Stock prices are up because technological innovations have the potential to bring in an era of increased economic productivity.
Stock prices are up because world leaders are working to secure peace agreements.
Stock prices are up because inflation is under control.
There’s always a reason.
Humans have a deep need to make sense of the world about them. So, when stock prices rise, we advance and then come to believe in explanations for the price increases. What we do not do is to submit those explanations to the scientific scrutiny that would be needed to verify them as accurate.
I don’t believe any of it.
There have been times of technological innovation when stock prices rose and there have been times of technological innovation when prices fell. There have been times when peace agreements were being worked out when stock prices rose and there have been times when peace agreements were being worked out when stock prices fell.
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There have been times when inflation was under control when stock prices rose and there have been times when inflation was under control when stock prices fell.
What really causes stock price increases? The primary factor is investor emotion. All investors desire bigger numbers on their portfolio statement. So they work together (in a quiet way, largely not conscious of what they are doing) to push stock prices higher. Then they become concerned that they have pushed too hard and they work to bring prices back down.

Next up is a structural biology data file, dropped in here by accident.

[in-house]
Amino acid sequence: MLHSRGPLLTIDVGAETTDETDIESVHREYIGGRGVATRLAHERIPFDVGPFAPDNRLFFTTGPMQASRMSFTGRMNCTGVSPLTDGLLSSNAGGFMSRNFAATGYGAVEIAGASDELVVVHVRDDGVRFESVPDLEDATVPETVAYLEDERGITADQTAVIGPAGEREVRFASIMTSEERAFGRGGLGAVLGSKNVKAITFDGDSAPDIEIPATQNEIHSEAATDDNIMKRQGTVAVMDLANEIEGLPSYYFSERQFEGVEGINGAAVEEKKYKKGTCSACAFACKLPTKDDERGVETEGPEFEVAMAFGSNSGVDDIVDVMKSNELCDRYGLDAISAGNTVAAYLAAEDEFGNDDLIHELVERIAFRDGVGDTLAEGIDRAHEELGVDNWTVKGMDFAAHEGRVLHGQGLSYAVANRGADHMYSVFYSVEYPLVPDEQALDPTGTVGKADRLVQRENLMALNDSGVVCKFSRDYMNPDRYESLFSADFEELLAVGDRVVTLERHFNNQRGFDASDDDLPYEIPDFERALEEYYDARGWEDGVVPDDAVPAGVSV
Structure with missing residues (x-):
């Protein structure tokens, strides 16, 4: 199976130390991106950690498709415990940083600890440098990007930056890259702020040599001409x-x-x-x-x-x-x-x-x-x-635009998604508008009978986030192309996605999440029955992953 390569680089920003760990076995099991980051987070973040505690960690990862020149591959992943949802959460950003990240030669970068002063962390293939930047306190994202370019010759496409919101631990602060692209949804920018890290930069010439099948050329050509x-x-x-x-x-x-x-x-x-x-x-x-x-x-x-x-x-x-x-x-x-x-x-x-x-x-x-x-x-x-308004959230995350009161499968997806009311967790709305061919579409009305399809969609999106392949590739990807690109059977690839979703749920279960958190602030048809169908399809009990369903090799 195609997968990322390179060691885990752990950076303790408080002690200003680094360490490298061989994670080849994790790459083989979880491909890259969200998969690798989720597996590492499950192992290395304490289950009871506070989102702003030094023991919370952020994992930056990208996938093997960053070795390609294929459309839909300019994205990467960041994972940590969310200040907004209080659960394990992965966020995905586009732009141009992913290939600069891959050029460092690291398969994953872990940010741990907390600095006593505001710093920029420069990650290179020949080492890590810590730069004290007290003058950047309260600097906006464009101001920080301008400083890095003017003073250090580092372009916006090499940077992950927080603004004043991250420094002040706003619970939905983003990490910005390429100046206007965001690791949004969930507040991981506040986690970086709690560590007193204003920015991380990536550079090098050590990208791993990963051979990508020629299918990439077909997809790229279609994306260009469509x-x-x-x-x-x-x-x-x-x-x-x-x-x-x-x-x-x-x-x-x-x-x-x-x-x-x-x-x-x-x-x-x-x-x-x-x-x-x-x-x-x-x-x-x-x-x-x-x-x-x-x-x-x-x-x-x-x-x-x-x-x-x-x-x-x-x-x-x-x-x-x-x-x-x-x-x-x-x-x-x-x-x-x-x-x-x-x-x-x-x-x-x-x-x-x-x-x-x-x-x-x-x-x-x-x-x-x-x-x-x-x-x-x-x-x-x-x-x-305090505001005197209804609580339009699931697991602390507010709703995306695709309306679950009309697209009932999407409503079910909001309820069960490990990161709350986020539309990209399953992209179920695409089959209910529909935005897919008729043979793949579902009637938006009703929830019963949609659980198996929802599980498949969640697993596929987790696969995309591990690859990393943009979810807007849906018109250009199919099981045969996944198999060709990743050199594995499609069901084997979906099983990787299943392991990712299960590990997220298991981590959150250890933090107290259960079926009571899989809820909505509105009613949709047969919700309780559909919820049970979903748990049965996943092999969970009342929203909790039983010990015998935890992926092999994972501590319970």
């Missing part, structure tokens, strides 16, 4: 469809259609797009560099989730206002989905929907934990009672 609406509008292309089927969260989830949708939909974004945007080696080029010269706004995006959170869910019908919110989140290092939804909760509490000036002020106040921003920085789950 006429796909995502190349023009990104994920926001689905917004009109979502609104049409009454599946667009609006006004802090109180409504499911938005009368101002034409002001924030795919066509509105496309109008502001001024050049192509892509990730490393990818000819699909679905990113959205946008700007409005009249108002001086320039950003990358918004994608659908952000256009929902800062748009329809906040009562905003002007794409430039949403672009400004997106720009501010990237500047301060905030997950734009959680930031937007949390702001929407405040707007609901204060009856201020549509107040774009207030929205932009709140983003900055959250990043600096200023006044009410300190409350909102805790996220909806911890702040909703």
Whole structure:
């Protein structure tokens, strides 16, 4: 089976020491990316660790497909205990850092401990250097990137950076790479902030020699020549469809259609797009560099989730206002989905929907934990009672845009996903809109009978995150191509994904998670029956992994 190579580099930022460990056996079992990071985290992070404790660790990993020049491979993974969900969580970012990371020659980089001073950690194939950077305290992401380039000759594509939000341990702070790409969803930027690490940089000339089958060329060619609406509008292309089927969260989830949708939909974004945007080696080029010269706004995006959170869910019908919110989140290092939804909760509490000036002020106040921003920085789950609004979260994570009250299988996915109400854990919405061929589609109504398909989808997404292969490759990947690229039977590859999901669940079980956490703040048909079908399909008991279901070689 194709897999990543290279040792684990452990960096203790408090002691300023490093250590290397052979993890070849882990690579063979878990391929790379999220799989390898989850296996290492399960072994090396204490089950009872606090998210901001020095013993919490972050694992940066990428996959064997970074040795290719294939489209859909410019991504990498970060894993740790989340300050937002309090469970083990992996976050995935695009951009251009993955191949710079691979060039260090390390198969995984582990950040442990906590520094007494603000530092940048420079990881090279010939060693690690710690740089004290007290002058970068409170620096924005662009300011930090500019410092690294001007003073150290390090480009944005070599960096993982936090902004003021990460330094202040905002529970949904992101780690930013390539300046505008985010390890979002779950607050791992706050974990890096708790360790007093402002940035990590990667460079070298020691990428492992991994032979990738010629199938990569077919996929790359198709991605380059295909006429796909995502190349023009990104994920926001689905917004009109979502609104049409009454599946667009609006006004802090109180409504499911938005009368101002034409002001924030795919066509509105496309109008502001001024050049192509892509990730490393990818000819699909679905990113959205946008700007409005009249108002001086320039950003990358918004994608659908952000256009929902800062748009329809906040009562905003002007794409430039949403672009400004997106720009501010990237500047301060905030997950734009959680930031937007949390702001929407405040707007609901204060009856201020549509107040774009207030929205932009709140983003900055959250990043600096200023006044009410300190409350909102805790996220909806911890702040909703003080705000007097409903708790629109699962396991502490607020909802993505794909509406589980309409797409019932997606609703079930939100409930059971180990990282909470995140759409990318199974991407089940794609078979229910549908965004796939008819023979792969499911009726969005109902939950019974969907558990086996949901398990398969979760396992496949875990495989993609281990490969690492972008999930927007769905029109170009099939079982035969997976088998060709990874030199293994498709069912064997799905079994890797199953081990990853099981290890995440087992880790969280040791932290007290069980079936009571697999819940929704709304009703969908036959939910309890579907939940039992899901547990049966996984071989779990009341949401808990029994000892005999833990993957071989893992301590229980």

Explanations Offered For Bull Markets Are Made Up
The official reasons for the price increases can play a role. If a peace agreement is announced, it makes it much easier for investors to rationalize the price increases they want to see and so the price increases tend to be stronger at such times.
But if investor psychology is bad at the time a peace agreement is announced, the price increase can be trivial or there could even be a price drop. It is investor emotion that is the driving force. The explanations offered for bull markets are mostly made up.
The trick with phony price increases is that the majority of investors must believe that they are real if they are to be sustained. If too many come to harbor doubts, a bull market can be transformed into a bear market.
In the minds of most investors, the proof that an explanation for a bull market is valid is the continued existence of the bull market. So the people putting forward the explanations are not inclined to look too closely for flaws in them. They are intended to serve as rationalizations, not as airtight logical arguments.
Most of the stories we come to hear about what is going on in the stock market are narratives that serve the purpose of pushing stock prices higher. We all want higher prices, right? We shouldn’t. We should all want stock prices to reflect the economic realities. We should all want a CAPE value as close to 17 as possible. But higher prices deliver a thrill. So we root for them. Which means that we applaud our own deception.
I have a catch-phrase that I sometimes employ that my Buy-and-Hold friends don’t like one little bit. I say: “Bull markets are liar’s markets.” It’s a harsh way of putting things. But isn’t that the long and short of it all? The mean CAPE value is 17. That number is calculated by taking the entire history of the stock market into consideration.
It is possible that economic growth could increase enough to bring that number up to 18 in the future. But today’s CAPE value is 29. What are the chances that that number is real? It seems highly unlikely to me. It seems entirely possible that today’s proper CAPE value is 18.
But the chances that the true CAPE value is 16 are just as good as the chances that the true CAPE value is 18. How is it that we settled on 29 (it is investors who set the CAPE value through their collective stock-buying and stock-selling choices)? Not through clear thinking, I believe that that much is fair to say.
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